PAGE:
People who struggle must not lose hope, but instead, reach out for help. Honestly share what you’re feeling with people who really listen and access the network of care that is available. Those of us who come in contact with people who have depression must not avoid the proverbial “elephant in the living room.” We need to ask the hard questions, listen to the answers and guide the person we care about to appropriate help.
Beyond Robin Williams’ amazing body of professional work, beyond the joy and pathos he brought to our lives over the years, may this be part of his legacy.
Thomas Wright, M.D, oversees all medical operations for Rosecrance. He is certified as a child and adolescent psychiatrist by the American Board of Psychiatry and Neurology and in addiction medicine by the American Society of Addiction Medicine. Dr. Wright specializes in the treatment of co-occurring disorders. He joined Rosecrance in 2005.
Pleeztameecha event brings Chicago professionals together for networking, food & fun
LEFT TO RIGHT: Julie Seymour, Lisa Lindman, Tom Fahey, June Parks, Michael Parks
On August 6, members of the Rosecrance Foundation Chicago Board hosted “Pleeztameecha,” an evening of networking at Howells & Hood on the Tribune Plaza. Guests enjoyed an opportunity to network, hear good music and learn about Rosecrance programs and services. The event attracted about 150 people.
Rosecrance Foundation Chicago Board Vice-Chair Dr. June Parks welcomed guests to the event. Rosecrance President/CEO Philip Eaton announced plans to establish a collegiate recovery residence for Chicago-area students.
Rosecrance already serves nearly 1,200 young adults between the ages of 18-25 annually through other levels of addiction care. As a result, Rosecrance is uniquely positioned to develop resources for these individuals and the larger collegiate community in Chicago.
Rosecrance’s vision is to provide a collegiate recovery residence and integrated behavioral health clinic at a strategic location in Chicago to support a drug-free environment and recovery principles for young adults.
If you are interested in donating to the Rosecrance Foundation, click here for more information.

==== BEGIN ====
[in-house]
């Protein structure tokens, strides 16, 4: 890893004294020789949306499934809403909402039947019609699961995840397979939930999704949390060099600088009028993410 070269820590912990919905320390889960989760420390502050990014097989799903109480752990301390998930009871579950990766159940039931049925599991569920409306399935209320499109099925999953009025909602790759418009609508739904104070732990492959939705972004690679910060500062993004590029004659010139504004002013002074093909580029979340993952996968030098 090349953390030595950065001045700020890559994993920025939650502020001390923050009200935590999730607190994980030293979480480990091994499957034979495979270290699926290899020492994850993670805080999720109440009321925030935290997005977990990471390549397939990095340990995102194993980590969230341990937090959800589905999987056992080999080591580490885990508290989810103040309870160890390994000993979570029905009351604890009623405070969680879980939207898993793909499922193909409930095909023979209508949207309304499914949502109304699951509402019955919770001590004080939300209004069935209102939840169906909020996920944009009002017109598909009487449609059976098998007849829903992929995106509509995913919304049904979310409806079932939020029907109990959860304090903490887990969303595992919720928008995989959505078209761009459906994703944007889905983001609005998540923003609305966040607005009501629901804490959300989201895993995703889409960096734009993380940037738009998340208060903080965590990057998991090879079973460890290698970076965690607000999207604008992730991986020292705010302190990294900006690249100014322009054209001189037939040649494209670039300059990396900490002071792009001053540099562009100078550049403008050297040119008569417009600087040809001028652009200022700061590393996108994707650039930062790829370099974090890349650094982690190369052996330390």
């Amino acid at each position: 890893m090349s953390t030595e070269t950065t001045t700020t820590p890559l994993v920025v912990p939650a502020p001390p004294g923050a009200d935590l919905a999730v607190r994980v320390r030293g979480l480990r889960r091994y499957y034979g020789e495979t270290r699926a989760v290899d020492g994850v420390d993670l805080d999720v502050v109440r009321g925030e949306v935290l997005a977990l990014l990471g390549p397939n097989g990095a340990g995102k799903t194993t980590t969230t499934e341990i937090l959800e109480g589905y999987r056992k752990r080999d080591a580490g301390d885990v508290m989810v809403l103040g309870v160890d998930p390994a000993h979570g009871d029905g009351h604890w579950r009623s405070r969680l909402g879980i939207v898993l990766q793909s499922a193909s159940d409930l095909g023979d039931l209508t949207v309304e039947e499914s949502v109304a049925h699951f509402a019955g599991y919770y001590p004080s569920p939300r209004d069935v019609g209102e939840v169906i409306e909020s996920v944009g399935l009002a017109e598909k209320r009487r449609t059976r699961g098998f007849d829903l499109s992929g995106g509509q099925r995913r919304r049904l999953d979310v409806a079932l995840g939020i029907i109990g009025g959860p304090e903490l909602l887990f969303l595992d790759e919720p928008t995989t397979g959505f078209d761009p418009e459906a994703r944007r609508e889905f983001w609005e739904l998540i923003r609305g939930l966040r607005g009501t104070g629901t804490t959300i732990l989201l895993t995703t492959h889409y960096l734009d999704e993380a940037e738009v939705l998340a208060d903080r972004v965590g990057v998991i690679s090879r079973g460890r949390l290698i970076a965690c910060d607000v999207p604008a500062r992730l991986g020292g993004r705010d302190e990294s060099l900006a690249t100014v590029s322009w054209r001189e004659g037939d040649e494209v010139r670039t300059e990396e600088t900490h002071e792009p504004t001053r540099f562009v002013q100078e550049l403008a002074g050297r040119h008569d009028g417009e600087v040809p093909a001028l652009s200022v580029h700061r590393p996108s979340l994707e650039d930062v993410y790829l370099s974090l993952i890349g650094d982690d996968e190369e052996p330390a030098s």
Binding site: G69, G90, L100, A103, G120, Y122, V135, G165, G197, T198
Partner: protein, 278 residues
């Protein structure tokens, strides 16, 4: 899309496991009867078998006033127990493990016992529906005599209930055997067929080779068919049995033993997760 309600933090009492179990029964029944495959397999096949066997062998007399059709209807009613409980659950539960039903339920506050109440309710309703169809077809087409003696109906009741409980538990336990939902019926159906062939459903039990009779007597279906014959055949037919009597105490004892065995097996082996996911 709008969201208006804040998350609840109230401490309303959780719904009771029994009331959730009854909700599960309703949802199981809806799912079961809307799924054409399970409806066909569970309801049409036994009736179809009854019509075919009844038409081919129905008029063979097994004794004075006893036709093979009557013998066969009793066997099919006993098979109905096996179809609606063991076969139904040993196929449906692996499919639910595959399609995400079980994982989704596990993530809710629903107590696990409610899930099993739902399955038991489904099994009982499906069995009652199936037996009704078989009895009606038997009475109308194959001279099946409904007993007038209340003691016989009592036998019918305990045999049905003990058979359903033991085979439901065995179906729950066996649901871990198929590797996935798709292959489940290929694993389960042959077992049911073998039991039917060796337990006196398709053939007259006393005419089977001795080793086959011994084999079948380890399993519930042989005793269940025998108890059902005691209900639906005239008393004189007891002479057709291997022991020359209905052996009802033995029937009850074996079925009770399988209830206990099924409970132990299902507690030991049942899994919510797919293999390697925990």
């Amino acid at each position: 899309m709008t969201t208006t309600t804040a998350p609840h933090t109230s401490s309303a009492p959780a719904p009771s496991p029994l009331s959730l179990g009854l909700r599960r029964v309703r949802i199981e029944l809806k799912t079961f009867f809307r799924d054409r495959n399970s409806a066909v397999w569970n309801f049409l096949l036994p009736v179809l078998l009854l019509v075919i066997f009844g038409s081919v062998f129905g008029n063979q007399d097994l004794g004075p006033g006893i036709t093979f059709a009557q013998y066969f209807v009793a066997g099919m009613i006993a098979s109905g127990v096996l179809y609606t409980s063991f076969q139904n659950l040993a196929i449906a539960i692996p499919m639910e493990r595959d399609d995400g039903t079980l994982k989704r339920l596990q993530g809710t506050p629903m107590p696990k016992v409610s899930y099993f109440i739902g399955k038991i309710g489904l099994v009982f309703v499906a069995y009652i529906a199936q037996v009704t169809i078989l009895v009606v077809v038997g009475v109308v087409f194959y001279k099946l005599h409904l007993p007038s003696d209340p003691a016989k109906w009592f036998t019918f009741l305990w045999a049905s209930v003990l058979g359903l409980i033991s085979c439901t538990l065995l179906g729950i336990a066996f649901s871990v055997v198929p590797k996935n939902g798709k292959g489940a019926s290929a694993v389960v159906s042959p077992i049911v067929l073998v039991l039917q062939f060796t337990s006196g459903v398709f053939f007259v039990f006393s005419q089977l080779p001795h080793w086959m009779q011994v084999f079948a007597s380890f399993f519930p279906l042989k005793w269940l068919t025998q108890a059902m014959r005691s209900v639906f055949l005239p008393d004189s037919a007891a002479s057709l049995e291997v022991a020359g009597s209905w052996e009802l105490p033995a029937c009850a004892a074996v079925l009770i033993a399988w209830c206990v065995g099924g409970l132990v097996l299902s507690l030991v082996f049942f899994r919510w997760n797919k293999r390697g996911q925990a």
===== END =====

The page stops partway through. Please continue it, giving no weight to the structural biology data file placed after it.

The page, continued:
To view our Facebook photo gallery of the “Pleeztameecha” event, click here.
Anne Fridh, Administrator of Rosecrance Ware Center, speaks about mental illness in wake of Robin Williams' death
Anne Fridh, Administrator of Rosecrance Ware Center, speaks about mental health in an article written by Melissa Westphal from the Rockford Register Star.
In 2011, the most recent year for which data are available, 39,518 suicides were reported in the U.S., according to the Centers for Disease Control and Prevention. The American Foundation for Suicide Prevention noted that the numbers make suicide the 10th-leading cause of death for Americans.
Rosecrance Health Network fields calls for the National Suicide Prevention Lifeline when people call from the 815 area code.
The lifeline rings to a phone at Rosecrance’s triage center at the downtown Ware Center. The triage center is a voluntary facility where adult patients stay temporarily while they’re evaluated for treatment.
“We help people who are feeling afraid and worried that they’re going to hurt themselves,” Ware administrator and psychologist Anne Fridh said. “We’re constantly reaching out to folks, and they’re reaching out to us.
“Mental illness is something that can affect anybody. One thing to remember is that mental illness is much like cardiovascular disease or diabetes. Folks struggle with it during a certain period of time and they continue to manage it.”
Fridh said self-destruction is a “very painful end, not just for the person who commits suicide but for the family members left behind.”
Rosecrance will host a Mental Health First Aid session Oct. 10 aimed at understanding and responding to the signs of mental illness and substance abuse.
“A lot of people don’t want to talk about it. There’s certainly a stigma about why they didn’t get the help they needed, if the family member knew it was going to happen. That’s not always the case. Sometimes there are signs, and sometimes there aren’t,” Fridh said.
“I think the stigma is mostly related to the fact that people don’t really understand how you can get yourself to the point where (suicide) is the only option left. They don’t understand how depression puts that in people’s minds, how really overwhelming the illness can become.”
The median age for a depression diagnosis is 32, Fridh said. The median age has increased as more older adults are found to have depression, in part because people are living longer.
You can read the entire article here on the Rockford Register Star’s website.
Freeport Community Foundation supports construction of basketball court at Rosecrance Hillman House
Daniel Schmitt (right), Executive Director of the Freeport Community Foundation, and Dick Drogosz, present a check for $4,000 to Lynne Vass, Rosecrance Senior Vice President of Development. This donation, a gift from the John M. Drogosz Youth Substance Abuse Prevention/Treatment Memorial Fund at the Freeport Community Foundation, will help support the construction of a basketball court at Rosecrance Hillman House recovery home for teen boys.